null The Ombudsman on the fundamental-right-breaching breakdown of an adoption procedure

Inquiring into an adoption case involving a same-sex couple, the Commissioner for Fundamental Rights has established the violation of the right to due process and the principle of equal treatment. According to László Székely, the child protection guardian has made an arbitrary decision, and the guardianship authority has made an omission. In the Ombudsman’s opinion, certain rules of adoption have to be revised, that is why he has requested the competent ministry to take the necessary measures.

According to the complainant, the adoption procedure, already in the “getting to know each other” phase, was probably thwarted after the potential adopter, having been found qualified earlier, had openly admitted living in domestic partnership with a person of the same sex. The human rights defender organization representing the complainant has turned to the Commissioner for Fundamental Rights, explaining that the procedure was thwarted based on an abusive legal technicality, and the legal remedy proceedings were not lawful, either.

The Commissioner has concluded that the child protection guardian and the potential adopter’s joint request was withdrawn without any substantial justification and legal basis, at the late phase of the procedure, which is in breach of the prevailing legal regulations. The investigation has uncovered that both the first and second instance guardianship authorities failed to notice this excess of powers and, acknowledging the joint request’s withdrawal, rejected the complainant’s application for formal reasons. Although the child protection guardian was aware of the fact that the applicant lived in a steady relationship with a same-sex partner, when withdrawing the joint request, she failed to refer either to the potential adopter’s having become unqualified or to the rights or interests of the child. The Commissioner has pointed out that, due to the amount of time spent together, the interruption of the adoption procedure had a demonstrably adverse effect on all those concerned, the child in particular.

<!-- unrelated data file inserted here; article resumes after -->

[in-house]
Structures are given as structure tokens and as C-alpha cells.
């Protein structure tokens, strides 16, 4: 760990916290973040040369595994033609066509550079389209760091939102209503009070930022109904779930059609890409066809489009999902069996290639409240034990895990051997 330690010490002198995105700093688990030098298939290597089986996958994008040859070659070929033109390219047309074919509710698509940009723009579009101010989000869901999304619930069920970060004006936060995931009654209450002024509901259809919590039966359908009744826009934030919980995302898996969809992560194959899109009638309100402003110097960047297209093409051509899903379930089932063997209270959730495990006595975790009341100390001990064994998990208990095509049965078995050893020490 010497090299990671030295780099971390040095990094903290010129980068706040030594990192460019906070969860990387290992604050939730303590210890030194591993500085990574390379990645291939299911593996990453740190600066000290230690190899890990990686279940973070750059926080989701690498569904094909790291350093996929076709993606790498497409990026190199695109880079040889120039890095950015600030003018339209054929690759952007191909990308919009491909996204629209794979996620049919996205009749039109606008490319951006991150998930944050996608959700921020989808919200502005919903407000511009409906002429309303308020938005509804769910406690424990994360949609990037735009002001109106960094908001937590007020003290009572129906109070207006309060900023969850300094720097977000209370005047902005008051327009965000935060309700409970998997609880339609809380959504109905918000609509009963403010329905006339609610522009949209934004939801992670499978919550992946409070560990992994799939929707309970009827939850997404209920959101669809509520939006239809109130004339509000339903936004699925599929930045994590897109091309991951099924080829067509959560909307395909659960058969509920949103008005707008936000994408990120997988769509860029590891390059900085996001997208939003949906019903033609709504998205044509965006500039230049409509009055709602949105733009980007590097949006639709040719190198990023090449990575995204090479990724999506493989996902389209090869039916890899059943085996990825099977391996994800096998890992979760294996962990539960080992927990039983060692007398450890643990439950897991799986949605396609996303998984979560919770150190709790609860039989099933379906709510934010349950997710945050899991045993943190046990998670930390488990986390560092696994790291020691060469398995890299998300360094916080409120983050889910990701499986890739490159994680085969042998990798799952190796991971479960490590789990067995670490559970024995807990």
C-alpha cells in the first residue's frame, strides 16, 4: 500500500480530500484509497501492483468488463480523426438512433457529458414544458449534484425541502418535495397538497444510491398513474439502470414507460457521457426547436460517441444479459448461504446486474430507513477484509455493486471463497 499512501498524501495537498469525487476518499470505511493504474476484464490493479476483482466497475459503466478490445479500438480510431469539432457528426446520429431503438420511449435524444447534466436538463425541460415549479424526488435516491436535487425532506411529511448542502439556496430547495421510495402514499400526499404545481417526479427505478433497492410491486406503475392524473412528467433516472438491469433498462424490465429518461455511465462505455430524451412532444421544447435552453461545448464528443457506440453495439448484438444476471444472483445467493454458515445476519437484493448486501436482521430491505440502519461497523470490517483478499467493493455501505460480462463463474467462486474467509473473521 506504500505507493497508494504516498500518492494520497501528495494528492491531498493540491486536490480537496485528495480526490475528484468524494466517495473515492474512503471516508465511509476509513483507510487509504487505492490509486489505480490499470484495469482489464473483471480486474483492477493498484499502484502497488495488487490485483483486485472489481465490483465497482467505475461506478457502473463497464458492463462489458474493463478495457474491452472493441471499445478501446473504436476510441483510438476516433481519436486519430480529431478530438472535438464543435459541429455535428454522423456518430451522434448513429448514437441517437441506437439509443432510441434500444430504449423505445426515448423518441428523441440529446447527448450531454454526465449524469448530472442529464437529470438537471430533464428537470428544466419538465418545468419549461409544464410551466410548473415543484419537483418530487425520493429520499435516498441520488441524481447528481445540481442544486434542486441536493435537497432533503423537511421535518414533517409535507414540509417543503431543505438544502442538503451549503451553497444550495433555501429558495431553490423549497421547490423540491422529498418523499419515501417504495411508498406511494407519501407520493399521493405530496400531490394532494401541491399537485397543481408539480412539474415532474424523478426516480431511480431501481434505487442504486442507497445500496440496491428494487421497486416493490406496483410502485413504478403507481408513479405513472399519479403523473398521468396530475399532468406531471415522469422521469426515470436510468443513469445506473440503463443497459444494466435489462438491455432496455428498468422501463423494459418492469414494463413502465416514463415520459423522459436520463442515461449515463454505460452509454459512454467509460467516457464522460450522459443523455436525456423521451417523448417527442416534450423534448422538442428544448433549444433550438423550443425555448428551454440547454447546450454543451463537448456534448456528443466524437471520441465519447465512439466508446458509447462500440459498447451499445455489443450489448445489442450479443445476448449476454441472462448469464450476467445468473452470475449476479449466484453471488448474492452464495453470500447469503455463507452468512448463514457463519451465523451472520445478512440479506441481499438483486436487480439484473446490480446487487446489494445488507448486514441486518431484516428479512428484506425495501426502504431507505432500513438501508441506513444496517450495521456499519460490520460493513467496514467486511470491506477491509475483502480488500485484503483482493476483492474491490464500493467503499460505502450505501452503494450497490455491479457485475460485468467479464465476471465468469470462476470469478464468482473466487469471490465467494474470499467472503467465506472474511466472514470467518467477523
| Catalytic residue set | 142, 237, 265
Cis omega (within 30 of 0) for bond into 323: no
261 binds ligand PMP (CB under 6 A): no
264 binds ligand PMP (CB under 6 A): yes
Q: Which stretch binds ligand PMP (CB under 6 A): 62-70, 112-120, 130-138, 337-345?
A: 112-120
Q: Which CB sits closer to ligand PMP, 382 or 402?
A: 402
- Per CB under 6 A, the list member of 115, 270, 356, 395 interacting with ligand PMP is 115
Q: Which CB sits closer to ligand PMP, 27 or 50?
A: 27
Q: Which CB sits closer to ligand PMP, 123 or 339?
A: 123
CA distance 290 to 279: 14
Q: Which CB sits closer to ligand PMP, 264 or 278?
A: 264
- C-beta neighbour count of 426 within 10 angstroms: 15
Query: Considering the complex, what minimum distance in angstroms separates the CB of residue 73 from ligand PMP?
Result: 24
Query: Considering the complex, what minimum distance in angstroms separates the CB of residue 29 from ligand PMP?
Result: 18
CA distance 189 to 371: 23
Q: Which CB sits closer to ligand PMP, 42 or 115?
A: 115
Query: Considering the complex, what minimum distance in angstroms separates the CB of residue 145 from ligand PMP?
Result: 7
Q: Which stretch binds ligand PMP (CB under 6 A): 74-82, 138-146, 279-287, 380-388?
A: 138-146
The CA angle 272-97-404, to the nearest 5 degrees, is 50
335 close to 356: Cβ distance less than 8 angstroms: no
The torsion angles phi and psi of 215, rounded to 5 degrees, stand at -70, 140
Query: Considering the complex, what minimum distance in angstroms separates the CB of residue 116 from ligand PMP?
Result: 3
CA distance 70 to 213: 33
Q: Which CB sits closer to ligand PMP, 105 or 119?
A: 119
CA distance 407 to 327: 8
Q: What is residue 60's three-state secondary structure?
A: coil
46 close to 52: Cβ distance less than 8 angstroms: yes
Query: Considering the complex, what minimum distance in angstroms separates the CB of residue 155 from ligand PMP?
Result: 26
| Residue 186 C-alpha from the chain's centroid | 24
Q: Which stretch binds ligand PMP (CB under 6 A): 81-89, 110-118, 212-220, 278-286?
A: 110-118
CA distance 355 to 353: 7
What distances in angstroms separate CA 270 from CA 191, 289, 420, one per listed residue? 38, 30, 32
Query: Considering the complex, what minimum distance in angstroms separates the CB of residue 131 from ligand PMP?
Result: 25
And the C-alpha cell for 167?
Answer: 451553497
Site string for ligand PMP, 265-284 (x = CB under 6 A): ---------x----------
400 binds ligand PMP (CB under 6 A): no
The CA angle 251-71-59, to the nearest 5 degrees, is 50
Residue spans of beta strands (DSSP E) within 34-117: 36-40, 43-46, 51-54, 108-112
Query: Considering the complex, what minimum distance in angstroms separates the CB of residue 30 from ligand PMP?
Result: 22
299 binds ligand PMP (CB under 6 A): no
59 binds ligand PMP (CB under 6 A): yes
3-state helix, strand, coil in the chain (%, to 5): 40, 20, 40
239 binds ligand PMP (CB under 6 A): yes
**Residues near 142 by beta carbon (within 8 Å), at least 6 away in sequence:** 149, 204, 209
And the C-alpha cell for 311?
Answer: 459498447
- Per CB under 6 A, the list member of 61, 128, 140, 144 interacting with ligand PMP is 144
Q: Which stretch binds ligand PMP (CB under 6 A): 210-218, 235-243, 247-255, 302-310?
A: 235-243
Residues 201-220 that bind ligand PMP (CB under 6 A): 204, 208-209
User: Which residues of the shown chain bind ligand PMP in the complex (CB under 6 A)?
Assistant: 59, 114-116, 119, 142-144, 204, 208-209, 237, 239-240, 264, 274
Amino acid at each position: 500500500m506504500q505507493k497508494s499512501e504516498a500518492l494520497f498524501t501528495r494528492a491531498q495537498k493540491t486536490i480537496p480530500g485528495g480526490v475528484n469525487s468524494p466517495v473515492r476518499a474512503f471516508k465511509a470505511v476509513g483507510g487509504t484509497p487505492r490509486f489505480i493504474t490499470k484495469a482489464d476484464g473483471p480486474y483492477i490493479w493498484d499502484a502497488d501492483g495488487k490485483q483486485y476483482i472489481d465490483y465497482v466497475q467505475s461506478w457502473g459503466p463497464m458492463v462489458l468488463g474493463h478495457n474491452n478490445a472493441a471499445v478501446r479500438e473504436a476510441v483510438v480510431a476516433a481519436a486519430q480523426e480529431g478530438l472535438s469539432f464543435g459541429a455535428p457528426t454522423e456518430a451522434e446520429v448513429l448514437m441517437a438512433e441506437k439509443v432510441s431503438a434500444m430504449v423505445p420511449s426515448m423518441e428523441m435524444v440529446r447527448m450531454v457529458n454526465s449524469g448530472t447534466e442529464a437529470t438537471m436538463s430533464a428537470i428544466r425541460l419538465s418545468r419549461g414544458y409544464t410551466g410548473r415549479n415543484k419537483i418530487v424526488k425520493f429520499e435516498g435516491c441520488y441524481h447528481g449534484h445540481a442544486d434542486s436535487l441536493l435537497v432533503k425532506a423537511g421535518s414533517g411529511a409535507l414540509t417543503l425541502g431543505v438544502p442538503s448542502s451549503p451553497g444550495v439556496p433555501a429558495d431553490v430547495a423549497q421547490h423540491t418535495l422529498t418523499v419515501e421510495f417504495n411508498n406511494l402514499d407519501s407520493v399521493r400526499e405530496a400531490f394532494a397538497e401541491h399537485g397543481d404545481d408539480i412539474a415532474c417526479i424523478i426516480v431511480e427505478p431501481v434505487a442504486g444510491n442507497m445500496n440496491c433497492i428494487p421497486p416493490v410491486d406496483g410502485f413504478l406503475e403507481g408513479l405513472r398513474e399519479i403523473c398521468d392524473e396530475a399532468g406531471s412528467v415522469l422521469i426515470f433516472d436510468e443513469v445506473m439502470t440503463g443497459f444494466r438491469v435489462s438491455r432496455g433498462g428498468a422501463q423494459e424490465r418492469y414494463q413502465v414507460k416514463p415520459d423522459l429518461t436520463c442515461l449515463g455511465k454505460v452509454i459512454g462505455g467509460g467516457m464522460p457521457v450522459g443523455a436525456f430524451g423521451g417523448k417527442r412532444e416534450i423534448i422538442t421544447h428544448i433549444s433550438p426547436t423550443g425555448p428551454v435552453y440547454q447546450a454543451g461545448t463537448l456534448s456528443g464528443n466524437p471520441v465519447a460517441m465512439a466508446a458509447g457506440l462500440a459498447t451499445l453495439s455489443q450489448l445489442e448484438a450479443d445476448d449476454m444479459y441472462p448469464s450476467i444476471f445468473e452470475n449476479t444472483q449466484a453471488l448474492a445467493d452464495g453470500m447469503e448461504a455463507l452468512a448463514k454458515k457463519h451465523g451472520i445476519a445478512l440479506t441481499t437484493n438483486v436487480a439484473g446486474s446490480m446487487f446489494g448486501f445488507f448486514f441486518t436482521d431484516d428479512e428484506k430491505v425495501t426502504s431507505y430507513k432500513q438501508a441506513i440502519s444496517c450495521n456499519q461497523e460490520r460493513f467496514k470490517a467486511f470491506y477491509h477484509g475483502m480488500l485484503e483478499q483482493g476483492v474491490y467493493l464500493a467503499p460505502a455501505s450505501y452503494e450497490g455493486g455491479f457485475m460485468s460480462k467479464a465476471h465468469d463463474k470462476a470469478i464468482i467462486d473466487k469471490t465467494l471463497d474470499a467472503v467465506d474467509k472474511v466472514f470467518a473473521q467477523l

The report states that neither the guardianship authority nor the child protection guardian indicated that the complainant’s sexual orientation constituted the cause for rejection. The competent authority had earlier declared the potential adopter as qualified; however, the decision on rejection did not contain any substantial argument or reason as to whether the relationship the adopter was living in, her circumstances or conduct of life would infringe upon any right or interest of the child. Due to the absence of any explanation and the coincidences in time, the Commissioner has concluded that the guardianship authority’s proceedings and decision infringed on the prohibition of discrimination.

The Ombudsman has reviewed the preference specifications related to the adoption procedure and noted some problems in connection with their interpretation. Based on the Child Protection Act and the Civil Code, the prevailing adoption rules specify three criteria for preferential treatment: residents before foreigners, locals before persons living in other parts of the country, and married couples before single persons. According to Ombudsman László Székely, there is an unjustified redundancy in the regulation of conditionality, and its elements are stipulated in different legal acts. The present situation, caused by the vague regulations, violates the principle of legal certainty and may lead to the arbitrary application of the law by the competent authority.

With the child’s rights and interests in mind, the Ombudsman has examined whether it is justified to give married couples on the national waiting list priority in the adoption procedure over legally single local applicants. In the current practice of the adoption authority, local adoptions are given priority over adoptions by married couples. According to the Commissioner, it cannot be disputed that the interests of the child are usually served the best by the earliest adoption by a qualified person and the preservation of his/her cultural-local identity. Consequently, in the process of selecting the adoptive parent, there are strong arguments in favor of giving preference to local residency.

The Commissioner for Fundamental Rights has suggested that the Minister of Human Capacities should review the contradicting rules of preference related to adoptions and, in order to eradicate uncertainties, initiate the clarification of the relevant regulations. He has requested the heads of the competent Guardianship Authority and Government Office to proceed and also make all other parties involved proceed within the existing legal frameworks, keeping in mind the concerned parties’ right to due process and the children’s best interests. The Commissioner for Fundamental Rights has also made a recommendation to the director of the competent county-level authority to consider organizing children’s rights training sessions for all child protection guardians working in the county.